19 December, 2019

    The Body, Considered

    My first day in prison, I had to strip down to nothing in a tiny room full of other nude men, then show the inside of my mouth, spread my butt cheeks, and lift my scrotum for a guard with a flashlight and all the humanitarian spirit of a doctor at Auschwitz. Then I received a tiny towel and was directed into a shower room where another guard misted me with slippery chemicals from a pump-action bug sprayer. I felt demeaned, forlorn, weak.

    DOC policy demands a lot of nudity. Most people preparing for company just put on the right music, open their front door, and say hi. Before spending time with a visitor, I have to peel off my clothes and hoist up my junk for a stranger wearing a badge. Eighteen years into my sentence, I'm sometimes randomly strip-searched before getting to do my job as an office janitor, and I hardly think about it at all. I'm telling you this not for pity or because I'm a chronic oversharer but to make a point: it's hard to get precious about the human body when you're elbow to elbow, or stark naked, with someone else almost twenty-four hours a day.

    Being stuffed like sardines in a can might offend some people's sense of personal dignity. At ERDCC, this happens most often at mealtimes. There's no real consistency to when the prison population is released to the dining hall (or anywhere, a circumstance that I blogged about here). Hungry and expectant in the half-hour or so before a meal, a crowd of twenty to forty prisoners waits at the front of the wing. They stand, twitchy with impatience, staring out the window that looks onto the prison yard. The loudspeaker eventually beeps and rumbles with a guard's voice: "Mainline, gentlemen! Mainline! Let's go!" The men all jockey to be in front of each other as they bumrush the door. Heels are stepped on, odors waft, bodies jostle — all like cattle though the chute. Sometimes, when I'm really in the mood, I moo.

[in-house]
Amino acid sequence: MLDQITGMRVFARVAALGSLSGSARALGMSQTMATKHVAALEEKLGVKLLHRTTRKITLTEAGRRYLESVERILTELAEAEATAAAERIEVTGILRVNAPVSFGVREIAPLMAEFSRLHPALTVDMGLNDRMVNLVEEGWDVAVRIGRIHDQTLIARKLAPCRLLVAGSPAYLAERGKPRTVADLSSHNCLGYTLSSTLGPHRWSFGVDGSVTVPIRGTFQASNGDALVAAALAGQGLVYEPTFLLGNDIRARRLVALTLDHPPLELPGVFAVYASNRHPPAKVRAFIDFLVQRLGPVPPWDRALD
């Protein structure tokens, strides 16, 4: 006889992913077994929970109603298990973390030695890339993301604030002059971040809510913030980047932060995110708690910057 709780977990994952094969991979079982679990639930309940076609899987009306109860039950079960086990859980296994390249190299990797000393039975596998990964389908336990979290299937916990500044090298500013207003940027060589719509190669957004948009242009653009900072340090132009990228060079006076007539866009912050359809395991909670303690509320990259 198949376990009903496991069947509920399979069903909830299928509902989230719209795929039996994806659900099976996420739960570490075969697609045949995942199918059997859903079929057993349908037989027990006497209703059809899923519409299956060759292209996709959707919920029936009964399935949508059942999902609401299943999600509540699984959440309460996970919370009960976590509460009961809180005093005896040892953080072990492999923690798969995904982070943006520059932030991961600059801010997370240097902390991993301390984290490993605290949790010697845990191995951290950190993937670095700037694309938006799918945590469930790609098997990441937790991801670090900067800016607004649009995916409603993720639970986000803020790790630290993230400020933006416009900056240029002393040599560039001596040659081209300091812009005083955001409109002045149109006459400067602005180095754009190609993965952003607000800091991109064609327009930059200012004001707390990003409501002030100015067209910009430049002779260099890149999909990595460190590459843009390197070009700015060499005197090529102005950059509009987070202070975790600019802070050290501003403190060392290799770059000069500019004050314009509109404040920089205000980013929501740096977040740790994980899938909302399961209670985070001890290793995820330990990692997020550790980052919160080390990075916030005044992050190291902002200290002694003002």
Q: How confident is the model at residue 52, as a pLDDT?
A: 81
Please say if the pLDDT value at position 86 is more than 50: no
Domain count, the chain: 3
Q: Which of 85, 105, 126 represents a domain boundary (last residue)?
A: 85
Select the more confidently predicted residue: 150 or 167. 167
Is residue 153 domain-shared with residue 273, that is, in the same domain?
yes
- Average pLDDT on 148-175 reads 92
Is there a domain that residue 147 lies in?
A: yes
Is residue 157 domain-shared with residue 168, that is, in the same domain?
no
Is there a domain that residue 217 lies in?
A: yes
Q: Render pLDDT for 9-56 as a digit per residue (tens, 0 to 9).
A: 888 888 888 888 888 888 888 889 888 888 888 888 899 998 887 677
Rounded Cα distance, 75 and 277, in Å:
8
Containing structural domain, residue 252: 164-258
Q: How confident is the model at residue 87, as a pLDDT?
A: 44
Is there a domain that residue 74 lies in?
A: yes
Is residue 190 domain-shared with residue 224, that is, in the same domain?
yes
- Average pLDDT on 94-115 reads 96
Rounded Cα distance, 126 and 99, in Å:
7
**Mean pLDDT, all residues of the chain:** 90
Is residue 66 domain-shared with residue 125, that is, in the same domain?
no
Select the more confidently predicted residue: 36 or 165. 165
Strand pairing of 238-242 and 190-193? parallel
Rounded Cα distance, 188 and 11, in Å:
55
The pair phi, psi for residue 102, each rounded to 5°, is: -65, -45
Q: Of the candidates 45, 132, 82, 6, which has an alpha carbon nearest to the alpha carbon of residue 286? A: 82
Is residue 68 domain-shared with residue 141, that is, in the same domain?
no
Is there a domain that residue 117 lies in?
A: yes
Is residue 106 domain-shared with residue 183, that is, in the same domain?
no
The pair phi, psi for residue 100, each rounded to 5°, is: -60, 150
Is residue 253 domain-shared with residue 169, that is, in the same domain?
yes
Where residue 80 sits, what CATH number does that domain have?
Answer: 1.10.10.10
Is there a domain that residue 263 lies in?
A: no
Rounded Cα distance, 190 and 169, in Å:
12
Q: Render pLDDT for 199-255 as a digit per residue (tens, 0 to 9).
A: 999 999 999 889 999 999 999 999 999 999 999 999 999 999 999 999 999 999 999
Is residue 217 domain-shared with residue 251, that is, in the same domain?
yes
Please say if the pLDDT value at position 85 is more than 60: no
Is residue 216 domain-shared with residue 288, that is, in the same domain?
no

Living in a very small space with at least one other human affords plenty of time to acquaint oneself with the biology of Homo sapiens sapiens, too — the body's most intimate smells, its sleep-and-wake cycle, its waste production, its squishy and solid sounds, its myriad modes of functioning and malfunctioning. A cell's door, according to its purpose, is more often locked than not. The inhabitants are trapped inside together. One can either resign oneself to it or throw a fit over his cellmate's every cough and fart.

    The psychological community refers to getting used to something as "habituation." It's considered to be a positive adaptation, a way of better surviving the world. The concept of habituation isn't new. Buddhist teachings from 2,500 years ago hold that the roots of dukkha — a Sanskrit word variously translated as "stress," "discomfort," or "suffering" — lie in the inevitability of old age, sickness, and death. A certain Buddhist practice therefore involves meditating on bodily corruption as a way of subduing passions and one's unhealthy attachment to physical form.

    Why worry about every wrinkle and spot?
    Everybody's got a body, and every body's got to rot.

    (I just made that up.) But back to my point.